Euro Expected to Remain Rangebound in Holiday Trade
A closed US market for Memorial Day, and a UK Spring Bank holiday, are expected to keep market relatively light on Monday, the final day of the month for May. However, this does not mean that we can’t expect to see some volatility, with plenty going on in the markets to warrant some aggressive moves in either direction. For now, despite the latest recovery in the Euro, which opens the door to a potential short-term upside reversal for most major currencies against the buck, the single currency still remains well offered on rallies and still faces some tremendous challenges.
Relative Performance Versus USD on Monday (As of 5:00GMT) –
China’s SAFE has attempted to infuse some appetite for the beleaguered currency after saying that the Eurozone is “one of the most important investment markets.” However, Fitch’s downgrade of Spain on Friday and a report from a London-based consultant that the only way out for Greece is to exit the single currency, default on its debt, and restructure, have easily offset the China comments. On the official circuit, we have been hearing from various Fed officials over the past several hours. Fed Plosser comments have not proved to be too enlightening after the central banker attributes the recent USD surge to a flight to safety. Plosser goes on to say that although the Eurozone crisis has raised some concerns with regard to the US recovery, he does not see it as having any real impact on monetary policy decisions. Fed Evans has also been out with similar rhetoric, while adding that the current monetary policy is appropriate.
Finally, a Fed Chair Bernanke has been on the wires following his video taped remarks at a Bank of Korea conference on emerging markets. Bernanke says that it is important for developing economies to maintain strong domestic growth as well as economic and financial stability. ECB President Trichet is the only non-US central banker of note on the wires, with Trichet also appearing in a video taped recording in front of the Bank of Korea emerging market conference. Trichet says that emerging countries have remained a source of strength for the global economy, with the recent crisis even adding to the recognition, potential and importance of these economies.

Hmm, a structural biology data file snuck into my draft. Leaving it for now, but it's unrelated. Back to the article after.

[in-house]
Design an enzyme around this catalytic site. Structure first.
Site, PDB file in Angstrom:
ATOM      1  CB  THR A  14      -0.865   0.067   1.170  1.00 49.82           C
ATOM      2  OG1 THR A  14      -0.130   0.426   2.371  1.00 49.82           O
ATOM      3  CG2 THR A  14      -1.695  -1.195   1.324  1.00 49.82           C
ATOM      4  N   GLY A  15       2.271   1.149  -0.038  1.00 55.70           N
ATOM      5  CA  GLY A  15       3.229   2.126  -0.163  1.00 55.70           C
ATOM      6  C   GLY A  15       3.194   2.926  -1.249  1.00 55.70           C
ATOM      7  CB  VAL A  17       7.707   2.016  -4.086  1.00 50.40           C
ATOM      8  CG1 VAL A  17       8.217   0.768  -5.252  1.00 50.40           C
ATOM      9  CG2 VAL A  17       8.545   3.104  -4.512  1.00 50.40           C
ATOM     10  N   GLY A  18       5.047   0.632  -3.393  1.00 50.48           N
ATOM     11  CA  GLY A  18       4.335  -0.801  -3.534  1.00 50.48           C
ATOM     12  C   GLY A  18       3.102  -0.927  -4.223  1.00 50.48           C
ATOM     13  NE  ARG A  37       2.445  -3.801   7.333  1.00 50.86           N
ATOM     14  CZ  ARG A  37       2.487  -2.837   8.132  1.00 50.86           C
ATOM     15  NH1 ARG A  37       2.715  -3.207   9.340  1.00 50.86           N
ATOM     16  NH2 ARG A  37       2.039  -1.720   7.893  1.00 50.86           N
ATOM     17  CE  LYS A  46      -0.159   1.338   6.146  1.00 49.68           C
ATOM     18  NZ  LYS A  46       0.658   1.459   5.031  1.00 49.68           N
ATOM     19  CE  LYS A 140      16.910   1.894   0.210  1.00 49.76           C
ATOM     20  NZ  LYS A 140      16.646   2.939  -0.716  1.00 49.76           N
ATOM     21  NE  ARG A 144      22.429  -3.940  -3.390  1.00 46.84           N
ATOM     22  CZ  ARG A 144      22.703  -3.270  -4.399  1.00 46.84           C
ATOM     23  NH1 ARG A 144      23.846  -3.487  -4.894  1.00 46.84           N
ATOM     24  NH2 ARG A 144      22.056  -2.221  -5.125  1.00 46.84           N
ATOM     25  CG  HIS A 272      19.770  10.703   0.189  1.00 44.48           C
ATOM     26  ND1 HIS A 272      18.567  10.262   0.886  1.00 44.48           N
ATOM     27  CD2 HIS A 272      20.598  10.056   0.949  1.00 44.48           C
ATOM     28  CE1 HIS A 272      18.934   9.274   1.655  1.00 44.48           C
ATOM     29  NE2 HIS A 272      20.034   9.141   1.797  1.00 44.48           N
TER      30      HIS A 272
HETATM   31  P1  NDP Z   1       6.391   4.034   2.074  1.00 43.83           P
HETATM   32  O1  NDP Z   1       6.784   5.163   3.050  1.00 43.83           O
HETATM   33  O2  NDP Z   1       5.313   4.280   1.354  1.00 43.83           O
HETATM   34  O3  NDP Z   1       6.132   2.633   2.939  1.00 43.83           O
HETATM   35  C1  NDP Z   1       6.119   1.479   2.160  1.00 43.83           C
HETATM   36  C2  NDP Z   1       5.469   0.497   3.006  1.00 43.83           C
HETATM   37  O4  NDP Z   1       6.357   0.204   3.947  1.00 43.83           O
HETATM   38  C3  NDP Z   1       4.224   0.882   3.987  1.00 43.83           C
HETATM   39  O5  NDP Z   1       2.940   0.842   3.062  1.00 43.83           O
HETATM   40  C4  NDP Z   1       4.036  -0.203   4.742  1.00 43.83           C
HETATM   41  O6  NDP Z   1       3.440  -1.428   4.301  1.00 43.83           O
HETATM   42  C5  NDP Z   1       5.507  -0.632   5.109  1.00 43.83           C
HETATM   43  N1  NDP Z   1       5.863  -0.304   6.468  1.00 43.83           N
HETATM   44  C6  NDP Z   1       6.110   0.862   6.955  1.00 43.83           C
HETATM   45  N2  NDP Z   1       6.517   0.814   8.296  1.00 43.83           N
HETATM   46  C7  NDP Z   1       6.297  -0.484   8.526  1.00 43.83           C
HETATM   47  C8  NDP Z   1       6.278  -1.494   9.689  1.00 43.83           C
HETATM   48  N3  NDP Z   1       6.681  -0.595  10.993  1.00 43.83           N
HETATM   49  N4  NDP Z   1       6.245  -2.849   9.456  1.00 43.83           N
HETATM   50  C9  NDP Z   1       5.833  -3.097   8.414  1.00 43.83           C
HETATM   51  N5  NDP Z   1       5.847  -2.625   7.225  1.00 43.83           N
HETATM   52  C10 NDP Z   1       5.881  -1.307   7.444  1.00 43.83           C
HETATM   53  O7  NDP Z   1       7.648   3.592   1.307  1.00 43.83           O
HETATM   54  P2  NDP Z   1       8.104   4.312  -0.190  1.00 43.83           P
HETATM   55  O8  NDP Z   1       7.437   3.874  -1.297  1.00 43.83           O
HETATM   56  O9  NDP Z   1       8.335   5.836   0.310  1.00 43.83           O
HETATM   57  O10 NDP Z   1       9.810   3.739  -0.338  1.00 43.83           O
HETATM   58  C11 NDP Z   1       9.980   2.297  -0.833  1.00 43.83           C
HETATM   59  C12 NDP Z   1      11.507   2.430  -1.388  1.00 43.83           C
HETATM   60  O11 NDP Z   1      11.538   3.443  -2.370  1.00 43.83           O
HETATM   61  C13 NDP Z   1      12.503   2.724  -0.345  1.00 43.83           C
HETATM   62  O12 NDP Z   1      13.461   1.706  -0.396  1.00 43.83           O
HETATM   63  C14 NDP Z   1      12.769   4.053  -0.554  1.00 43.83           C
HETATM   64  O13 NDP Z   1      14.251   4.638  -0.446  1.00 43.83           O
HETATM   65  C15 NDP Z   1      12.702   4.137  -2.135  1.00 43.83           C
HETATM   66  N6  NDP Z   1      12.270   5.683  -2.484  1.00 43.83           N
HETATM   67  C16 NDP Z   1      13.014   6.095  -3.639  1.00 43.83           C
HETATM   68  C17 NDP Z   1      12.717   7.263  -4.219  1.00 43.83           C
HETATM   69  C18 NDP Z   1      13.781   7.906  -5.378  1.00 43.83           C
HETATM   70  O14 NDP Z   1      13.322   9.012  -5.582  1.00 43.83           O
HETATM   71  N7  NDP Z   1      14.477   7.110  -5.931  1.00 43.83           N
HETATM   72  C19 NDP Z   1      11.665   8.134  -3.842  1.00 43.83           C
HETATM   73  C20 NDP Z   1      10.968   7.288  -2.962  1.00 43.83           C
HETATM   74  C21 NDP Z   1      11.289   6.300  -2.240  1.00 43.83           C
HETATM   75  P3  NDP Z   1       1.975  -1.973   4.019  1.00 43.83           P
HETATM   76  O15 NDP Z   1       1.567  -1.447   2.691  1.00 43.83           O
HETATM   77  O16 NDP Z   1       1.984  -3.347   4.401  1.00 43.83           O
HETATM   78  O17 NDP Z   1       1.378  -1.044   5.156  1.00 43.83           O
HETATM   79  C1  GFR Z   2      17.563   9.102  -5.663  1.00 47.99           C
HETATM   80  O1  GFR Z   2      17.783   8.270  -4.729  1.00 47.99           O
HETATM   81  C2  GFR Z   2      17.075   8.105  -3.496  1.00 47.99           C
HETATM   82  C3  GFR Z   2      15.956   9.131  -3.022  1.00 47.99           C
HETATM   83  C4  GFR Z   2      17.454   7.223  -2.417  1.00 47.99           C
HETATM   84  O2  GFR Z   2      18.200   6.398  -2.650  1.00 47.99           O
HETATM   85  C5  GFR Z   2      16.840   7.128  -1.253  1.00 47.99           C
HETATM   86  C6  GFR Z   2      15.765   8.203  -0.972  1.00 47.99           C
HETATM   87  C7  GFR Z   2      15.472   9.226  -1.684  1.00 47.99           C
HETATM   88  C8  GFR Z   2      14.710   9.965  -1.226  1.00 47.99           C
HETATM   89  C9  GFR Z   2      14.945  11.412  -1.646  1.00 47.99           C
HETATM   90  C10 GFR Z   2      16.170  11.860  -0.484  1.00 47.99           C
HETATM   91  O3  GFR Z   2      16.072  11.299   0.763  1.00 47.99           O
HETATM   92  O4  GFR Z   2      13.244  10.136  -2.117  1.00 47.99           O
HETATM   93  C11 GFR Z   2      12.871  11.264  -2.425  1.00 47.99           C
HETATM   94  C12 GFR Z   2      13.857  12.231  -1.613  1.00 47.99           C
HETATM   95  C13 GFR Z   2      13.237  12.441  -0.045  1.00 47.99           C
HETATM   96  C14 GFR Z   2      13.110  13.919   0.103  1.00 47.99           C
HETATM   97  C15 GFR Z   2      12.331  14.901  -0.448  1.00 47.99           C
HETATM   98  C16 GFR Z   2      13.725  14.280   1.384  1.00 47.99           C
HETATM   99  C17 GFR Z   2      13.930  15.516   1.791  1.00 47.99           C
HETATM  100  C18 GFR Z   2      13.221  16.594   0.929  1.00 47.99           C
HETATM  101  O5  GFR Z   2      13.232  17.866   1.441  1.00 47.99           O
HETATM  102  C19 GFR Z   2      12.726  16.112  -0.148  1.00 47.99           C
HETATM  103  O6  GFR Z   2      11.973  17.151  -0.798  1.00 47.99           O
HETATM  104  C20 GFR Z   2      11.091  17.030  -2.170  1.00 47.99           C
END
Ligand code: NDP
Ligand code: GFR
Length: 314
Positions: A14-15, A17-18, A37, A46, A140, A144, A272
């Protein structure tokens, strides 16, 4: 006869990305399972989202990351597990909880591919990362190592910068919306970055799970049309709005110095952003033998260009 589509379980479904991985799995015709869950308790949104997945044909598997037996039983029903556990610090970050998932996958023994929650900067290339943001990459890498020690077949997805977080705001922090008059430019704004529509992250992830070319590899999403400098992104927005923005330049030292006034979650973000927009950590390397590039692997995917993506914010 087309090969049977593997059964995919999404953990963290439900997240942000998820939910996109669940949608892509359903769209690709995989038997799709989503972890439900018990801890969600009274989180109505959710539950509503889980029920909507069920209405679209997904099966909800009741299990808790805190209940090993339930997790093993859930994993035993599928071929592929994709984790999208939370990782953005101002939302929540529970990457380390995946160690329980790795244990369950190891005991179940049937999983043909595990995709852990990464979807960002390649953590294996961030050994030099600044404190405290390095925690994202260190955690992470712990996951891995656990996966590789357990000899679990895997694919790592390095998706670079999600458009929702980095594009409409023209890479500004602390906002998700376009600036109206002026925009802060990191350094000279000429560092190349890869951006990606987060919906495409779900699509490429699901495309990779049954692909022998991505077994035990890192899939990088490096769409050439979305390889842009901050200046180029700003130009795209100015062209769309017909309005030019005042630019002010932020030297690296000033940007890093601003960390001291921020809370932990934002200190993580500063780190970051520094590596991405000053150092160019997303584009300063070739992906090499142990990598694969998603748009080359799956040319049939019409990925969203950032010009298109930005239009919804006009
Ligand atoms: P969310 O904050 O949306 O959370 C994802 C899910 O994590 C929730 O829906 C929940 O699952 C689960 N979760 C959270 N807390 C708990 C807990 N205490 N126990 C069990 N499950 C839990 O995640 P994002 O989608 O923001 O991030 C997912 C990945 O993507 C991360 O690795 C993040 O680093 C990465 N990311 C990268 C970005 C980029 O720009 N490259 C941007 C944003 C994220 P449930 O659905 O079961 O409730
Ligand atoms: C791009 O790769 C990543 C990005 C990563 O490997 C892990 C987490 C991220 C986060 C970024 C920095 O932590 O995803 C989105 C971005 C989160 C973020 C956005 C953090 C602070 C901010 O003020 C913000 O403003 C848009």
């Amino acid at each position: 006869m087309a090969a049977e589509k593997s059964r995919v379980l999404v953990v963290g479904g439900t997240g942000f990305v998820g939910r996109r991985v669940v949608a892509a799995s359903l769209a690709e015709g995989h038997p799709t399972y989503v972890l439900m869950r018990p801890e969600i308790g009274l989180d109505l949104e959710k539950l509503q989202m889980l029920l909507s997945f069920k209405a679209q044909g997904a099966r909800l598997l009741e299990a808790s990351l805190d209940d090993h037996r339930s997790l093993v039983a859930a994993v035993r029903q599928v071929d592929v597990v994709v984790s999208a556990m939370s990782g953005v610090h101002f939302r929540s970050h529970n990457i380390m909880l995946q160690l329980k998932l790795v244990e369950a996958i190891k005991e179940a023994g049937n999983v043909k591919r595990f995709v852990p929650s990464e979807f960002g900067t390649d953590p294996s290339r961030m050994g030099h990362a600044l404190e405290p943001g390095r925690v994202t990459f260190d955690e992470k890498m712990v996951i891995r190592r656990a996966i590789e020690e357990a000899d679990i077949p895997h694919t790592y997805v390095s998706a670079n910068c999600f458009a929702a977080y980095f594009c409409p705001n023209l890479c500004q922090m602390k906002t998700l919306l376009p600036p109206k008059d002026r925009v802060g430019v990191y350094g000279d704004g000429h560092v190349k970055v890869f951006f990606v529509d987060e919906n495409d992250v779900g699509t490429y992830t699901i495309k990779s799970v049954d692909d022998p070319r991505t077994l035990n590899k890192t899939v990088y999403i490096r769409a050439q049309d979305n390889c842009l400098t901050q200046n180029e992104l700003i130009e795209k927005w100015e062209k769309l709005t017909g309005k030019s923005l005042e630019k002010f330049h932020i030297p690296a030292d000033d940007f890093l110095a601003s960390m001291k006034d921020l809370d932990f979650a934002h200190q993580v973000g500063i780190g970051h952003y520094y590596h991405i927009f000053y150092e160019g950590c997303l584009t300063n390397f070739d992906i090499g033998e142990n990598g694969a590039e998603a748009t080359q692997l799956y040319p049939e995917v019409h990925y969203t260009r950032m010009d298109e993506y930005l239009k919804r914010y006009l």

On the data front, Japanese manufacturing activity was higher in April, while industrial production came in weaker than expected, and wage earningsbput in their biggest gain since December 2005. In the UK, house prices rose by the same M/M margin as the previous print, and improved Y/Y. Meanwhile in Australia, TS Securities inflation nudged up from the previous month, while new home sales also improved. Private sector credit was softer, and the current account was wider than forecast. Company profits managed to come in on the stronger side of estimates, and new home sales recovered into positive territory in April. In New Zealand, business confidence slipped back from its April readings.